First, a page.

ANAHEIM -- The roars flowed in cascading waves toward the visiting dugout, making Angel Stadium sound like a West Coast version of The Bronx, and Didi Gregorius was unsure how -- or whether -- he should respond. Aaron Judge pushed his teammate to the top step, where a curtain call
ANAHEIM -- The roars flowed in cascading waves toward the visiting dugout, making Angel Stadium sound like a West Coast version of The Bronx, and Didi Gregorius was unsure how -- or whether -- he should respond. Aaron Judge pushed his teammate to the top step, where a curtain call was accepted some 3,000 miles from the Yankees' home.
"It was a little weird for me, but there's a lot of [Yankees] fans here," Gregorius said, having delivered the deciding homer in the Yankees' wild 4-3, 10-inning victory over the Angels on Friday evening. "I didn't expect that, to be honest. Judge said, 'Give the fans what they want.'"
The Yankees have won a season-high seven straight contests, and a crucial part of that run has been Gregorius, who is providing the Yankees with more than they could have imagined.
Friday's extra-inning blast off Richard Parker was Gregorius' fifth homer in six games and his 10th on the season, giving him a share of the big league lead alongside the Halos' Michael Trout. Gregorius leads the Majors with 30 RBIs and is pacing the American League with 19 extra-base hits.
"Oh my God. He's amazing," Yankees pitcher Luis Severino said. "I don't know how he's doing it, but he's hitting everything. He's doing everything."
Gregorius' memorable shot followed a ninth-inning rally against reliever Keynan Middleton, as Gary Sanchez walked, raced to third on Miguel Andujar's double and scored the tying run on Brett Gardner's pinch-hit sac fly. Player Page for David Robertson set down the Halos in order in the bottom of the inning, sending the game to extras.
"It was something really nice for me, but especially for the team, too," Gregorius said. "We never give up. That's our thing here."
The Yankees prevailed despite Kole Calhoun's dazzling defense, a confusing sequence on the basepaths and Andrelton Simmons' clutch hitting.
Shohei Ohtani homered in his first at-bat before departing with a mild left ankle sprain sustained on a groundout in the fifth. He is considered day to day. Simmons drilled a two-out two-run triple to give the Angels a seventh-inning lead against Severino, who permitted three runs on five hits.
That transpired one inning after New York took the lead in a debated sequence that saw Neil Walker robbed of a three-run homer by Calhoun, with Gregorius scoring the go-ahead run on a sacrifice fly before Giancarlo Stanton was ruled to have been doubled off second base.
"I thought it was at least close enough to take a look at. I don't know," said Stanton, who didn't think he left early. "End of the day, it doesn't matter. We came out on top."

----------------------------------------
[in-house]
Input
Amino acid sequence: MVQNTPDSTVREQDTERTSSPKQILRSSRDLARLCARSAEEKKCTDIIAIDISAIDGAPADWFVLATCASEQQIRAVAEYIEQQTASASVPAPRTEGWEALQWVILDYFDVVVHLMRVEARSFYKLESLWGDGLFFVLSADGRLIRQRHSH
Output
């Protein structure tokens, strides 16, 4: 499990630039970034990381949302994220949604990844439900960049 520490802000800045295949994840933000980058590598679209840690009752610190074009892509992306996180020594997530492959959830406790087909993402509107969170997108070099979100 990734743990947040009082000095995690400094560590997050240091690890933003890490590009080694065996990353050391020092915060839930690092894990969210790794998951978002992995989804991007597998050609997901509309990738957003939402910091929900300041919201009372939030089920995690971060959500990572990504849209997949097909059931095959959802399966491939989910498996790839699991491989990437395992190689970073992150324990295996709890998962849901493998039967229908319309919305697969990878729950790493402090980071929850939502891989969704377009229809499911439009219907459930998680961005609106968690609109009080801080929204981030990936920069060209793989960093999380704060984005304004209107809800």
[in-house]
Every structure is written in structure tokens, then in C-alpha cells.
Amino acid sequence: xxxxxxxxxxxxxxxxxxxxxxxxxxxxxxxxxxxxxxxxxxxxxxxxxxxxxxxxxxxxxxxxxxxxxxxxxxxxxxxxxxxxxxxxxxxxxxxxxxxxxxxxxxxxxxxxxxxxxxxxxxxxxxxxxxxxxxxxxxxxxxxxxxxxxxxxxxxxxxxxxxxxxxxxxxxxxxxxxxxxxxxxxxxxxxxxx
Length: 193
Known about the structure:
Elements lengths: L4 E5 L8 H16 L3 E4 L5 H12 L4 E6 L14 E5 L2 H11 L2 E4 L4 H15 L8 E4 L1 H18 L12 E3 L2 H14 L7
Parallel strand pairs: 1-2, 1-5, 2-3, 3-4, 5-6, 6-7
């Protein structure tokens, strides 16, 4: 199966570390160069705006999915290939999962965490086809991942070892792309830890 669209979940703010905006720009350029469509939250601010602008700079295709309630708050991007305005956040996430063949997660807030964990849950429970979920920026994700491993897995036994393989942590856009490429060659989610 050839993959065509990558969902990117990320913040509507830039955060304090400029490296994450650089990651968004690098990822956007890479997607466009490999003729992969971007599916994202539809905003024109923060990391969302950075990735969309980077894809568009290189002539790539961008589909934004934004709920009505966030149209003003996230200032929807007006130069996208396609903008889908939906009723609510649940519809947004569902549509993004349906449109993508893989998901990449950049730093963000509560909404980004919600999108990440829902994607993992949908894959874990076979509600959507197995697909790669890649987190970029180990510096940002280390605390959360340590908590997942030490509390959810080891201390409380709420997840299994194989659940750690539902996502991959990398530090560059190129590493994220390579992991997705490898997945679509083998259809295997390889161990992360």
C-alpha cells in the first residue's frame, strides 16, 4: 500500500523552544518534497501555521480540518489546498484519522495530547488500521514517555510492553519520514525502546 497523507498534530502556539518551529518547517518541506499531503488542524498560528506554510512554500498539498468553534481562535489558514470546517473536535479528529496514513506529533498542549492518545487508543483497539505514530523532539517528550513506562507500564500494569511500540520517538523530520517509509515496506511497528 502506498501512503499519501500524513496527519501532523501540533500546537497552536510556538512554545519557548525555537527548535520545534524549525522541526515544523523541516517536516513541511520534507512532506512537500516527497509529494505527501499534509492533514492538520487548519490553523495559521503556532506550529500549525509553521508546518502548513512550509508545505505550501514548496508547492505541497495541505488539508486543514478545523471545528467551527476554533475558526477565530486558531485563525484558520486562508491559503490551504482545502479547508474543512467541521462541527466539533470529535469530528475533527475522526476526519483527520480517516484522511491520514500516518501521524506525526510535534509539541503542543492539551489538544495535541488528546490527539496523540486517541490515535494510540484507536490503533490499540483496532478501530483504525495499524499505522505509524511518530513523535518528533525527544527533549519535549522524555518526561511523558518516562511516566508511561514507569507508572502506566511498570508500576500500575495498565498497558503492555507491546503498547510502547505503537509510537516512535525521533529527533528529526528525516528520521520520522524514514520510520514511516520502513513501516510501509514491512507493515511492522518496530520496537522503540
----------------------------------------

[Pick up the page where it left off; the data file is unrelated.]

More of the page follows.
Even before that sequence, both benches complained about home-plate umpire Alan Porter's strike zone, prompting the fourth-inning ejection of Yankees bench coach Josh Bard. Aaron Hicks lifted a fifth-inning sac fly off Angels starter Andrew Heaney, who allowed two runs (one earned) and five hits while striking out nine over five innings.
"We feel like our strength is that we can get you in a lot of different spots, and fortunately we were able to outlast them," manager Aaron Boone said.
MOMENTS THAT MATTERED
Confusion on the basepaths: Boone said he erred by not signaling for a "boundary play" on the sequence that ended the top of the sixth, when Walker's drive was brought back by Calhoun. Had Boone done so, all aspects of the play would have been reviewed, including Stanton's tag-up at second base.
Boone explained that he was waiting for clarification that Gregorius' run had scored, then he was told he had run out of time to issue a challenge on Stanton making the third out.
"I shouldn't have waited for the challenge," Boone said. "It's a boundary call. If I would have been ahead of it and said, 'Boundary,' then they look at everything in that context."
Stanton said that he checked the replay after the inning, believing that he had waited until Calhoun came down with the ball to break for third base.
"Just to make sure I wasn't crazy," Stanton said. "I could've stayed a little longer."
YOU GOTTA SEE THIS
Giancarlo's glove: Stanton made a pair of nice plays in left field, measured as four-star catches by Statcast™'s ranking system. He took a hit away from Trout in the first inning that had a 43 percent catch probability, covering 91 feet in 4.9 seconds, then he kept Martin Maldonado off the bases in the eighth inning. On that play, Stanton covered 83 feet in 4.6 seconds, also a 43 percent catch probability.
HE SAID IT
"I'm trying to improve my whole game, offensively and defensively. You've still got to try to get better. You can never be satisfied, otherwise the game will pass you by. You can't be bigger than the game. You've always got to keep working. That's what I try to do and try to get better." -- Gregorius
When Yankees starter Masahiro Tanaka takes the ball Saturday night at 9:07 ET, he might not get the much-anticipated showdown with Japanese countryman Ohtani he was hoping for. Tanaka held Ohtani hitless over 11 at-bats in Japan in 2013 but hasn't faced him since. Garrett Richards will start for the Halos.
Bryan Hoch has covered the Yankees for MLB.com since 2007. Follow him on Twitter @bryanhoch and on Facebook.